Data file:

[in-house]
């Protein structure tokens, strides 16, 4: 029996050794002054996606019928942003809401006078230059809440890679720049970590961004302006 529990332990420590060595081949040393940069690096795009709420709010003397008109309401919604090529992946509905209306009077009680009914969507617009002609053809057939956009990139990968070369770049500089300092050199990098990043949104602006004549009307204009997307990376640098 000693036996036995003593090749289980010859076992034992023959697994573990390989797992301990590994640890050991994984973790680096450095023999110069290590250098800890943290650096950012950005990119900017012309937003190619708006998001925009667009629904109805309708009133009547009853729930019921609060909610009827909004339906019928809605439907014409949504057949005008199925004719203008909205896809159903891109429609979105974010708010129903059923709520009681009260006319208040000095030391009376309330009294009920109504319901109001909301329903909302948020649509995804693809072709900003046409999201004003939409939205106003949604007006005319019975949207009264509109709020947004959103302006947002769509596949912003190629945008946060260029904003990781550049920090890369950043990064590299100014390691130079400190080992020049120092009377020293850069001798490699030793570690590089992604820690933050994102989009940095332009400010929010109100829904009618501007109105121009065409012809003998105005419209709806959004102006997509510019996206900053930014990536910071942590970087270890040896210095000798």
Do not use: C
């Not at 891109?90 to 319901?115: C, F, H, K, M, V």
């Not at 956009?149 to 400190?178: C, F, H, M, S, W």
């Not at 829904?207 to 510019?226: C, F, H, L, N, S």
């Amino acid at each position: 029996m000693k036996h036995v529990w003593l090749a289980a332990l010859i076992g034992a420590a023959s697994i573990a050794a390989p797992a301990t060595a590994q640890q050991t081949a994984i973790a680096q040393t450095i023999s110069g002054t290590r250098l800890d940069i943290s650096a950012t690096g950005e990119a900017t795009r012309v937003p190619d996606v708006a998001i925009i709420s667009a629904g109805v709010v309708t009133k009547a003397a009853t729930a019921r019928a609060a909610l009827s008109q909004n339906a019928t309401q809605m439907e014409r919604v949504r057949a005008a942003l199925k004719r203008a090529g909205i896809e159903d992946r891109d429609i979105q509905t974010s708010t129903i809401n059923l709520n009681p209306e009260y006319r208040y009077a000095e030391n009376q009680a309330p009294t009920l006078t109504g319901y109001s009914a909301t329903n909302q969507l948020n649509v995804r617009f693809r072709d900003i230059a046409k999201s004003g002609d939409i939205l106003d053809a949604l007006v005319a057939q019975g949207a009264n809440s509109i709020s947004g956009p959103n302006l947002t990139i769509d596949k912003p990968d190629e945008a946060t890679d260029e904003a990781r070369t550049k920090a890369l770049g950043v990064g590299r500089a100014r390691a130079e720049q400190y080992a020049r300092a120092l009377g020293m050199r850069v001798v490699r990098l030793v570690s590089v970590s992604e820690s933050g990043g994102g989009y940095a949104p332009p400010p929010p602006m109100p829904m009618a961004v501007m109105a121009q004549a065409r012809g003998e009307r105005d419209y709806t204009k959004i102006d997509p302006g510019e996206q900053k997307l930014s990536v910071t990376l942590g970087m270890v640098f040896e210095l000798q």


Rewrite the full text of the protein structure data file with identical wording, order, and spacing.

[in-house]
């Protein structure tokens, strides 16, 4: 029996050794002054996606019928942003809401006078230059809440890679720049970590961004302006 529990332990420590060595081949040393940069690096795009709420709010003397008109309401919604090529992946509905209306009077009680009914969507617009002609053809057939956009990139990968070369770049500089300092050199990098990043949104602006004549009307204009997307990376640098 000693036996036995003593090749289980010859076992034992023959697994573990390989797992301990590994640890050991994984973790680096450095023999110069290590250098800890943290650096950012950005990119900017012309937003190619708006998001925009667009629904109805309708009133009547009853729930019921609060909610009827909004339906019928809605439907014409949504057949005008199925004719203008909205896809159903891109429609979105974010708010129903059923709520009681009260006319208040000095030391009376309330009294009920109504319901109001909301329903909302948020649509995804693809072709900003046409999201004003939409939205106003949604007006005319019975949207009264509109709020947004959103302006947002769509596949912003190629945008946060260029904003990781550049920090890369950043990064590299100014390691130079400190080992020049120092009377020293850069001798490699030793570690590089992604820690933050994102989009940095332009400010929010109100829904009618501007109105121009065409012809003998105005419209709806959004102006997509510019996206900053930014990536910071942590970087270890040896210095000798």
Do not use: C
């Not at 891109?90 to 319901?115: C, F, H, K, M, V």
């Not at 956009?149 to 400190?178: C, F, H, M, S, W």
């Not at 829904?207 to 510019?226: C, F, H, L, N, S």
């Amino acid at each position: 029996m000693k036996h036995v529990w003593l090749a289980a332990l010859i076992g034992a420590a023959s697994i573990a050794a390989p797992a301990t060595a590994q640890q050991t081949a994984i973790a680096q040393t450095i023999s110069g002054t290590r250098l800890d940069i943290s650096a950012t690096g950005e990119a900017t795009r012309v937003p190619d996606v708006a998001i925009i709420s667009a629904g109805v709010v309708t009133k009547a003397a009853t729930a019921r019928a609060a909610l009827s008109q909004n339906a019928t309401q809605m439907e014409r919604v949504r057949a005008a942003l199925k004719r203008a090529g909205i896809e159903d992946r891109d429609i979105q509905t974010s708010t129903i809401n059923l709520n009681p209306e009260y006319r208040y009077a000095e030391n009376q009680a309330p009294t009920l006078t109504g319901y109001s009914a909301t329903n909302q969507l948020n649509v995804r617009f693809r072709d900003i230059a046409k999201s004003g002609d939409i939205l106003d053809a949604l007006v005319a057939q019975g949207a009264n809440s509109i709020s947004g956009p959103n302006l947002t990139i769509d596949k912003p990968d190629e945008a946060t890679d260029e904003a990781r070369t550049k920090a890369l770049g950043v990064g590299r500089a100014r390691a130079e720049q400190y080992a020049r300092a120092l009377g020293m050199r850069v001798v490699r990098l030793v570690s590089v970590s992604e820690s933050g990043g994102g989009y940095a949104p332009p400010p929010p602006m109100p829904m009618a961004v501007m109105a121009q004549a065409r012809g003998e009307r105005d419209y709806t204009k959004i102006d997509p302006g510019e996206q900053k997307l930014s990536v910071t990376l942590g970087m270890v640098f040896e210095l000798q």